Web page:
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英发掘莎翁故居垃圾坑 探究大师生活点滴
Archaeologists dig up Shakespeare's 'cesspit'

[ 2010-04-08 09:42]     字号 [] [] []  
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英发掘莎翁故居垃圾坑 探究大师生活点滴

The dig focuses on three areas of the property, which Shakespeare bought in 1597.

Archaeologists believe they are on the cusp of shedding new light on the life of William Shakespeare – by digging up what may have been the playwright’s cesspit.

Experts have begun excavating the ruins of New Place, Shakespeare’s former home in Stratford-upon-Avon, which was demolished 250 years ago.

Although little remains of the property, the team, led by Birmingham Archaeology, believes it has identified a rubbish tip or cesspit used by the 16th century poet.

Fragments of pottery and broken clay pipe have already been retrieved from a muddy hole on the site, which they claim could yield some of the most significant discoveries about Shakespeare in decades.

The dig focuses on three areas of the property, which Shakespeare bought in 1597 when he returned to his home town from London having achieved fame – including the so-called knot garden at the rear of the building.

Dr Diana Owen, Director of the Shakespeare Birthplace Trust, which owns the site, said: “We do not know if the knot garden was an area used by Shakespeare – it may have been a yard simply used by his servants.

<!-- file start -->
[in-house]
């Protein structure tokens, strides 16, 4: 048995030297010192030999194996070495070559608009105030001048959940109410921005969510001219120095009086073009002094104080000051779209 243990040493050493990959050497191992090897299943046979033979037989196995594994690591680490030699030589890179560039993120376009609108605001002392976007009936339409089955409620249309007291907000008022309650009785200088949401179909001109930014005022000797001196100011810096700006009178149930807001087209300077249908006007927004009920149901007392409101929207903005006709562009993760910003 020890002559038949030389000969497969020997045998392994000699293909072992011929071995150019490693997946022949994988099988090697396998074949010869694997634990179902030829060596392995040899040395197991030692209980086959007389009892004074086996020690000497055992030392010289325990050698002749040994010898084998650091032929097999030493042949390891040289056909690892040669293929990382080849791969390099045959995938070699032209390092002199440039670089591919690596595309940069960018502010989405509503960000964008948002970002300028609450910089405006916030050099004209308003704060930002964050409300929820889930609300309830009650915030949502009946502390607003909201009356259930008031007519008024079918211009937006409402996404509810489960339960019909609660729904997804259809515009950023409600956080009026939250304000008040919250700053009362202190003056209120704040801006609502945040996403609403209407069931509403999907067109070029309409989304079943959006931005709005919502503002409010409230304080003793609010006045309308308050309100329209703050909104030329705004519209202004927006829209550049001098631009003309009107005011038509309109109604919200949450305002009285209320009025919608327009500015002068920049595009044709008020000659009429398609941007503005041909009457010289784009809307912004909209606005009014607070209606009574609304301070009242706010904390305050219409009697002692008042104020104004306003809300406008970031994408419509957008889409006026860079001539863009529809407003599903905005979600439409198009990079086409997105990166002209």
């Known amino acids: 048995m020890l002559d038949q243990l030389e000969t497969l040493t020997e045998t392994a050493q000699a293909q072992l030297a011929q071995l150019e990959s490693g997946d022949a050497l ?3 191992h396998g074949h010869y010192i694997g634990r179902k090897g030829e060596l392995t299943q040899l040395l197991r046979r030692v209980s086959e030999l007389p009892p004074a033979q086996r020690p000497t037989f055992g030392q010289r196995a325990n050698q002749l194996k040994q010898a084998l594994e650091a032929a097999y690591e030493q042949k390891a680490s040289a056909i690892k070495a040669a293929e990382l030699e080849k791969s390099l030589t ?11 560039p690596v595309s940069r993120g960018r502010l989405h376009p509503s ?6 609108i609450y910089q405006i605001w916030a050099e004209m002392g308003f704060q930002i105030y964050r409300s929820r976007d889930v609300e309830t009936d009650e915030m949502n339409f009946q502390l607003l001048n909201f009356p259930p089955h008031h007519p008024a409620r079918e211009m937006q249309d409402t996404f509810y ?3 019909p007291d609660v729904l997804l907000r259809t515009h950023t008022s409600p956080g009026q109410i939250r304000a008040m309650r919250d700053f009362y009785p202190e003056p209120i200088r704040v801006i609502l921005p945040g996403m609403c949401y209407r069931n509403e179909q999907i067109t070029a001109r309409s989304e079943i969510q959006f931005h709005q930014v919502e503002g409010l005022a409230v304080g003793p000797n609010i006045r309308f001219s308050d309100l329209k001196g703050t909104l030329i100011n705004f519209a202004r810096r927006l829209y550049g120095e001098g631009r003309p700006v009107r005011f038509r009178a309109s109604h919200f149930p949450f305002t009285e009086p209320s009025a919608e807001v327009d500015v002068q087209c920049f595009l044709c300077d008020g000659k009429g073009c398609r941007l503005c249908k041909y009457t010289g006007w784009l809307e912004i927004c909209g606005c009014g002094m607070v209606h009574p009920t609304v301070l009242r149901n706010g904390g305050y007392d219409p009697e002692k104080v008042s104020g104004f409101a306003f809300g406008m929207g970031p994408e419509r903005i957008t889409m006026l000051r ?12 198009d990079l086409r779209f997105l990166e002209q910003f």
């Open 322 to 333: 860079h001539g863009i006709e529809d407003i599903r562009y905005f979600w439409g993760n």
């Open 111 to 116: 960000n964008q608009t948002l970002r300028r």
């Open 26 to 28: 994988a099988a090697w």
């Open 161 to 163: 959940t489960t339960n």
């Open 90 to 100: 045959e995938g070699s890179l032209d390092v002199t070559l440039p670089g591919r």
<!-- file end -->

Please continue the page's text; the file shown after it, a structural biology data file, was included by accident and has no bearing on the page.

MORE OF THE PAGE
“But this could actually yield some fantastic results, especially if it was an area where rubbish was thrown or the cesspit was located.”

Kevin Colls, from Birmingham Archaeology, added: “Through documentary evidence we know Shakespeare lived at New Place but we have very little information regarding the layout of the house and gardens at this time.

“Through archaeological fieldwork, in particular the excavation of structural remains and the recovery of artefacts, we hope to fill in the blanks.

“Even the smallest sherd of broken pottery has the potential for giving us tantalising glimpses into the life of Shakespeare such as what he liked to eat and drink.”

Until October, visitors will be able to watch archaeologists and volunteers at work as they excavate the remains of the house, which was knocked down in 1759.

Experts hope to unearth evidence to support theories that Shakespeare wrote many of his most famous works at the property.

(Read by Lee Hannon. Lee Hannon is a multimedia journalist at the China Daily Web site.)
















莎翁失传剧作将出版 曾被斥为伪作



“爱情圣地”维罗纳颁布禁令 不许“罗密欧”发表爱情宣言

Shakespeare the Historian 史学家的莎士比亚

Shakespeare the Man 莎士比亚其人

(中国日报网英语点津 陈丹妮 编辑蔡姗姗)


cusp: 交界点,分界线,转折点,拐点(a country on the cusp of recession 几近衰退的国家)

cesspit: a covered hole or container in the ground for collecting waste from a building, especially from the toilets (覆盖的)粪池,污水坑,垃圾坑

excavate: to dig in the ground to look for old buildings or objects that have been buried for a long time; to find something by digging in this way 发掘,挖出(古建筑或古物)(The archaeologists excavated a buried city. 考古学家发掘出一个埋在地下的城市。)

rubbish tip: 垃圾场

artefact: an object that is made by a person, especially something of historical or cultural interest 人工制品,手工艺品(尤指有历史或文化价值的)

sherd: a piece of broken glass, metal, etc. (玻璃、金属等的)碎片

tantalising: arousing desire or expectation for something unattainable or mockingly out of reach 逗人的;惹弄人的;撩人的